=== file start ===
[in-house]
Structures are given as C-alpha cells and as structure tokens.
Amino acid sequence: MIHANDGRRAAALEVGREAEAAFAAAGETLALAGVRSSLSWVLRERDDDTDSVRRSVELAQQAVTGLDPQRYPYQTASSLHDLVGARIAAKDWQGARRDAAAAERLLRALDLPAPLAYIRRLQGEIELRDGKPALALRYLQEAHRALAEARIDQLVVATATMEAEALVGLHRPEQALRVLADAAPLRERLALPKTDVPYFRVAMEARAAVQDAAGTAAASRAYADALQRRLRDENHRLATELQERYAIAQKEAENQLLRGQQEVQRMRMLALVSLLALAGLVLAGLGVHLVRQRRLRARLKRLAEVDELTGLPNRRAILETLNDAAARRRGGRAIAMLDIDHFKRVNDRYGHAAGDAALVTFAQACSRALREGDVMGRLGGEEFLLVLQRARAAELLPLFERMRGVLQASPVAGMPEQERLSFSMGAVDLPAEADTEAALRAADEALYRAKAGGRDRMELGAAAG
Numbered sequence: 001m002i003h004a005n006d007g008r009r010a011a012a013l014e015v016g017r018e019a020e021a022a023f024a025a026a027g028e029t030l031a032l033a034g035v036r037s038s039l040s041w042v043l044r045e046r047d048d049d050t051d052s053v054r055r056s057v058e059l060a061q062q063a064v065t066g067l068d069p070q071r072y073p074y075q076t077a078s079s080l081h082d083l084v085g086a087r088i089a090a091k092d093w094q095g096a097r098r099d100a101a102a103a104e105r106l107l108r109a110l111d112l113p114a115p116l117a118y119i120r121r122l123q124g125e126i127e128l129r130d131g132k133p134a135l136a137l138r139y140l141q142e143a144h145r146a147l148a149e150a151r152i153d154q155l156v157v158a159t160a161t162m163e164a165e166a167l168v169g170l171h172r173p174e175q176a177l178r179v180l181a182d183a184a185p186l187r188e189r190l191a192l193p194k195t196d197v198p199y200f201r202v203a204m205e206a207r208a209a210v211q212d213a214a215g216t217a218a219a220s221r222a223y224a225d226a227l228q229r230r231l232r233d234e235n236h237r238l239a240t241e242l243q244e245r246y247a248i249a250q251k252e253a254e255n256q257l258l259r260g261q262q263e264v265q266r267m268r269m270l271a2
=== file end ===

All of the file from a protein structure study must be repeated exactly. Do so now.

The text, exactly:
[in-house]
Structures are given as C-alpha cells and as structure tokens.
Amino acid sequence: MIHANDGRRAAALEVGREAEAAFAAAGETLALAGVRSSLSWVLRERDDDTDSVRRSVELAQQAVTGLDPQRYPYQTASSLHDLVGARIAAKDWQGARRDAAAAERLLRALDLPAPLAYIRRLQGEIELRDGKPALALRYLQEAHRALAEARIDQLVVATATMEAEALVGLHRPEQALRVLADAAPLRERLALPKTDVPYFRVAMEARAAVQDAAGTAAASRAYADALQRRLRDENHRLATELQERYAIAQKEAENQLLRGQQEVQRMRMLALVSLLALAGLVLAGLGVHLVRQRRLRARLKRLAEVDELTGLPNRRAILETLNDAAARRRGGRAIAMLDIDHFKRVNDRYGHAAGDAALVTFAQACSRALREGDVMGRLGGEEFLLVLQRARAAELLPLFERMRGVLQASPVAGMPEQERLSFSMGAVDLPAEADTEAALRAADEALYRAKAGGRDRMELGAAAG
Numbered sequence: 001m002i003h004a005n006d007g008r009r010a011a012a013l014e015v016g017r018e019a020e021a022a023f024a025a026a027g028e029t030l031a032l033a034g035v036r037s038s039l040s041w042v043l044r045e046r047d048d049d050t051d052s053v054r055r056s057v058e059l060a061q062q063a064v065t066g067l068d069p070q071r072y073p074y075q076t077a078s079s080l081h082d083l084v085g086a087r088i089a090a091k092d093w094q095g096a097r098r099d100a101a102a103a104e105r106l107l108r109a110l111d112l113p114a115p116l117a118y119i120r121r122l123q124g125e126i127e128l129r130d131g132k133p134a135l136a137l138r139y140l141q142e143a144h145r146a147l148a149e150a151r152i153d154q155l156v157v158a159t160a161t162m163e164a165e166a167l168v169g170l171h172r173p174e175q176a177l178r179v180l181a182d183a184a185p186l187r188e189r190l191a192l193p194k195t196d197v198p199y200f201r202v203a204m205e206a207r208a209a210v211q212d213a214a215g216t217a218a219a220s221r222a223y224a225d226a227l228q229r230r231l232r233d234e235n236h237r238l239a240t241e242l243q244e245r246y247a248i249a250q251k252e253a254e255n256q257l258l259r260g261q262q263e264v265q266r267m268r269m270l271a2